This is just one example of  the ‘Clever Hans Phenomenon’ or ‘Clever Hans Effect’ at work – “where a person or animal can be influenced by subtle and unintentional cueing on the part of a questioner” (Jackson, 2005). If you’d like to know more about how the Clever Hans phenomenon can impact your scent detecting, just follow this link to False Indications, Clever Hans and You

At “Scent : Detect : Find” dogs are trained to search independently, following scent plumes and filaments back to source without undue interference from their human partners. This “hands off” approach to scent detecting goes a long way toward mitigating the Clever Hans Phenomenon. In addition, all dogs are trained an indication behaviour that is totally reliable and unambiguous …. so much so that it is easily recognisable, not only to the handler but, to anyone else who might be looking on.

If you review the video again, you’ll notice that throughout her search Dream’s handler remains out of shot. At all times, Nicky gives Dream the necessary space to work independently. Even when Dream shows heightened interest along the wall of the tractor shed (23 secs – 58 secs), Nicky stays clear of the area and waits for Dream to persuade her, by way of her indication, that her target scent source is there … or, as in this particular search … in a completely different area!

And this is why your dog’s indication is not an optional extra. Having a well trained indication allows Nicky to simply watch her dog until that indication comes.

… Nose Touch. Stillness. Duration.


So, what type of Indication is best – Passive or Pro-Active?

I favour the passive indication and train my own, and other handlers, dogs to place their nose as close to the target scent source as possible and hold it there for a minimum of 5 seconds or until their handler asks them to move away.

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Chewee accurately indicating the location of his target scent; a tiny sticky dot.

This type of indication fits well with your dog’s natural olfactory behaviour. Watch your dog when he’s pottering around the garden. What does he do when he catches an interesting odour? He gets his nose as close to it as possible and, more often than not, will stay fixed to it for a lengthy period of time.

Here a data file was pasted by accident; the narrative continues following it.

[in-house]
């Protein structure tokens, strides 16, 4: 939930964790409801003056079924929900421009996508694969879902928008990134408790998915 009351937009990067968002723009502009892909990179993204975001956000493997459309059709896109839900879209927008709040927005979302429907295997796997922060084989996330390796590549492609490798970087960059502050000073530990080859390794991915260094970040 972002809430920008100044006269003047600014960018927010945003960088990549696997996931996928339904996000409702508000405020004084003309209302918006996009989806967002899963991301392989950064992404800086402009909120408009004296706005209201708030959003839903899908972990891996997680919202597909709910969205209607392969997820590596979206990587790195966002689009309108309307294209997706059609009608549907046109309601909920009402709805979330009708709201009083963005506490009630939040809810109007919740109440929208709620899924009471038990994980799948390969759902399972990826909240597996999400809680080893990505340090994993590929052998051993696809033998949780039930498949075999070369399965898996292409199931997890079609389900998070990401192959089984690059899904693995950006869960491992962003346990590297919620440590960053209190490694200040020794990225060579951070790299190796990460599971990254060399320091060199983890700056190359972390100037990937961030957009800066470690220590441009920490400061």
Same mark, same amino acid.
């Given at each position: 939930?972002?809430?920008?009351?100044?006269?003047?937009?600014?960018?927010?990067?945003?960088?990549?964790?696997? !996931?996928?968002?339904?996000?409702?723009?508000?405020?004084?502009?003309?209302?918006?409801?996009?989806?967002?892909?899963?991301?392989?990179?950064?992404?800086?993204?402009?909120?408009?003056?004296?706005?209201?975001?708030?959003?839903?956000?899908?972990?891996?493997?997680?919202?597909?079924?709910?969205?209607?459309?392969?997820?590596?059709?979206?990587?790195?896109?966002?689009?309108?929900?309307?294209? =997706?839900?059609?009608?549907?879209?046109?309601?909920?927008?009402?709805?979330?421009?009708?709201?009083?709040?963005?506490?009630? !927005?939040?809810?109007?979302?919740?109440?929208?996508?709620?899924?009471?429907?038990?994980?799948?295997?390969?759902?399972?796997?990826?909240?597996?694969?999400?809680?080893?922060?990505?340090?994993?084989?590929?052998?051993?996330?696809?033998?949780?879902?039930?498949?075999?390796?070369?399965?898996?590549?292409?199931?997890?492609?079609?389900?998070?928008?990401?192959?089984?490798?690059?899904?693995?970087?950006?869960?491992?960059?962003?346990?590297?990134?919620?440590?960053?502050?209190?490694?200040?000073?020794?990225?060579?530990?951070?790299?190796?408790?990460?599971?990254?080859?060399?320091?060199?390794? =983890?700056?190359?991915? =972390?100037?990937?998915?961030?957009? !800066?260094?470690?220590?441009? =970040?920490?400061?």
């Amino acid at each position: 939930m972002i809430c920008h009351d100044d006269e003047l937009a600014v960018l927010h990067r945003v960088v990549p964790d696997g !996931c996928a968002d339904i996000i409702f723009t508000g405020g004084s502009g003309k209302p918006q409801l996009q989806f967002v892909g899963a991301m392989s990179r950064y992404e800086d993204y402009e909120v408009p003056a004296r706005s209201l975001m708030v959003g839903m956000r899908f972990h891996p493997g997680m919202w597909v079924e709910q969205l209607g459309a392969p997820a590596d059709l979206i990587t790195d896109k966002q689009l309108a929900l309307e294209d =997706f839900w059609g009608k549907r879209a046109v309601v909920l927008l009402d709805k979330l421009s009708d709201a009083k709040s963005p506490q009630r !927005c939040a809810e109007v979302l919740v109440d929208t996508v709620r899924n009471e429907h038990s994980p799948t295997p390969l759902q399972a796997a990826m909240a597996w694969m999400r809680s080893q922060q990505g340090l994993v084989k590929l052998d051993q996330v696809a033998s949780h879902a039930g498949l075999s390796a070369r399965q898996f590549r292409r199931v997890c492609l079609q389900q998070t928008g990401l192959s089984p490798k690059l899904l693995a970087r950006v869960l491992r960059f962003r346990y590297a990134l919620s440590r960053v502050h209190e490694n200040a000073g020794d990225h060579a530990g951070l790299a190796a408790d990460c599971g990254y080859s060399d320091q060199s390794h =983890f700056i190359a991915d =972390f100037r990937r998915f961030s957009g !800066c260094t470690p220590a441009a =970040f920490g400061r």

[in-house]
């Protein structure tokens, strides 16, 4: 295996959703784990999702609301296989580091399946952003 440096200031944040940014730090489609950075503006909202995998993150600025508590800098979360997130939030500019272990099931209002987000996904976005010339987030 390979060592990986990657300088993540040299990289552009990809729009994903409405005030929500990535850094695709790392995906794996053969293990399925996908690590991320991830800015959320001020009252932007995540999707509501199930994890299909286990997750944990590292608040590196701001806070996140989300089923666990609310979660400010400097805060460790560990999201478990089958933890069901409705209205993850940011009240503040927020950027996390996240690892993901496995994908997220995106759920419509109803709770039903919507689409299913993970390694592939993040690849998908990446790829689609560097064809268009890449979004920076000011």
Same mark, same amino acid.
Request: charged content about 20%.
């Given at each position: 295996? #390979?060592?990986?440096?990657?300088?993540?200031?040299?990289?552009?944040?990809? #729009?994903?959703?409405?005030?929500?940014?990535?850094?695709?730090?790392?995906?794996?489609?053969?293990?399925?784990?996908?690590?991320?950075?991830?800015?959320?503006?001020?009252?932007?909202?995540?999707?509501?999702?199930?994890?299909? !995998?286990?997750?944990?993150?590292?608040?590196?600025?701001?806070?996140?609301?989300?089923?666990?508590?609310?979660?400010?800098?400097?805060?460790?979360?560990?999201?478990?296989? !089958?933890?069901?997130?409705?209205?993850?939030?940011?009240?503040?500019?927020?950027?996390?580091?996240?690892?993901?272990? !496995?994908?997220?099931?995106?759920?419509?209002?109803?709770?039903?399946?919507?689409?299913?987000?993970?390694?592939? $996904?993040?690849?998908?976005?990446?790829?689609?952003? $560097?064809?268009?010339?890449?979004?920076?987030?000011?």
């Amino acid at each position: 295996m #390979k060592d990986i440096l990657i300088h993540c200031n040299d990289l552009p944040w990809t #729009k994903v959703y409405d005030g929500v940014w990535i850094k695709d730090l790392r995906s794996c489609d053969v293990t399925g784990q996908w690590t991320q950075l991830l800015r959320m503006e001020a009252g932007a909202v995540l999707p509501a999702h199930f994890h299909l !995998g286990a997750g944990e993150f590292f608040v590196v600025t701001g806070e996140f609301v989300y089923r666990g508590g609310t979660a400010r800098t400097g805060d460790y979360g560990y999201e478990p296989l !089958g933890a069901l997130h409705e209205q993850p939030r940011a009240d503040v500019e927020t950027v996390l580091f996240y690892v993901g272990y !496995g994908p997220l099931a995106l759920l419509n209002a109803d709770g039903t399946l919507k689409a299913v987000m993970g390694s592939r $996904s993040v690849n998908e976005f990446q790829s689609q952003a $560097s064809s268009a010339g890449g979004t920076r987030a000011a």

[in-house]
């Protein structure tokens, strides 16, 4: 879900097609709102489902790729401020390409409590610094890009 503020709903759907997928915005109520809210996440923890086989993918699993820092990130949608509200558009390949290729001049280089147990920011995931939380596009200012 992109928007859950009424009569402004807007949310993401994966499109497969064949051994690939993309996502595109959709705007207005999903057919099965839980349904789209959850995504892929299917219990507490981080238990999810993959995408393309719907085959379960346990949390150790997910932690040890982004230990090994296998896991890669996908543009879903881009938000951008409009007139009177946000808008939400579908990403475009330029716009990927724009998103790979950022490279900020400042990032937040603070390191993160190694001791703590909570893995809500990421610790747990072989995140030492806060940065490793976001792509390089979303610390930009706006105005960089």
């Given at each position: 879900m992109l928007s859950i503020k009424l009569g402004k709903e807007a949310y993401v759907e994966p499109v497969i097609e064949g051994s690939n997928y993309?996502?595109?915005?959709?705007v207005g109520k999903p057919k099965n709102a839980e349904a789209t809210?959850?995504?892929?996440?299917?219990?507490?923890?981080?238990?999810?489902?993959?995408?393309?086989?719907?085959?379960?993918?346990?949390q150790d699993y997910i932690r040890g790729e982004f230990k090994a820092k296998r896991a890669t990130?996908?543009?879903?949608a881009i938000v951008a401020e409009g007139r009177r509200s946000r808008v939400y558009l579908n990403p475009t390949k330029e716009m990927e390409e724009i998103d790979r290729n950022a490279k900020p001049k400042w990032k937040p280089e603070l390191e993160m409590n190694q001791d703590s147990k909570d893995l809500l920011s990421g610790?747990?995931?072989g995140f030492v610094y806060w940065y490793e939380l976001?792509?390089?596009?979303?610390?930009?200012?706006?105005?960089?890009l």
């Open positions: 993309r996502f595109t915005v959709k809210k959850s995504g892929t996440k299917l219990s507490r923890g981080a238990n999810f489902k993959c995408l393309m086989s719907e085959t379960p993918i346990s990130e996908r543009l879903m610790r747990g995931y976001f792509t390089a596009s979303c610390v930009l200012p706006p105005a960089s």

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Brook using her nose to indicate the location of an invisible target scent.

If the scent source is inaccessible to your dog’s nose, for example, placed high up on a wall, or submerged under-water, then this nose touch is transformed easily and quickly into a sustained nose point.

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Bob using his nose to point to his target scent.
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Fynn pointing to his submerged target scent.

My reasons for selecting the passive indication and, more particularly, the

nose touch → nose point (if inaccessible)

include;

Safety – Passive indications help minimise any direct engagement with the target scent source. This can be important where either the target scent itself, or its location, may pose a danger to your dog.

For example, tobacco products such as cigarette and cigar butts, nicotine patches and gum and e-cigarette fluid are all harmful to our dogs (Novotny et al, 2011).

Whilst the target scent may be safe for your dog, its location may not be. Sadly, every year there are a number of reported dog fatalities from Acute Water Intoxication following a period of time playing in water (Toll et al, 1999). Typically, these dogs have been repeatedly diving into water to retrieve items thrown in for them whilst, at the same time, ingesting excessive volumes of water (Becker, 2013). Although the actual prevalence of this condition is difficult to confirm – Becker (2013) believing it to be a relatively rare occurrence – retrieving from water should be an activity that you monitor closely and / or consider restricting.

If your dog has a passive indication, all of these potential dangers are markedly reduced.

Precise and unambiguous – There is no mistaking the precise location of the target scent when your dog’s nose is either touching or pointing toward it. Adding duration to the indication adds even more certainty … your dog isn’t simply having a passing investigatory sniff!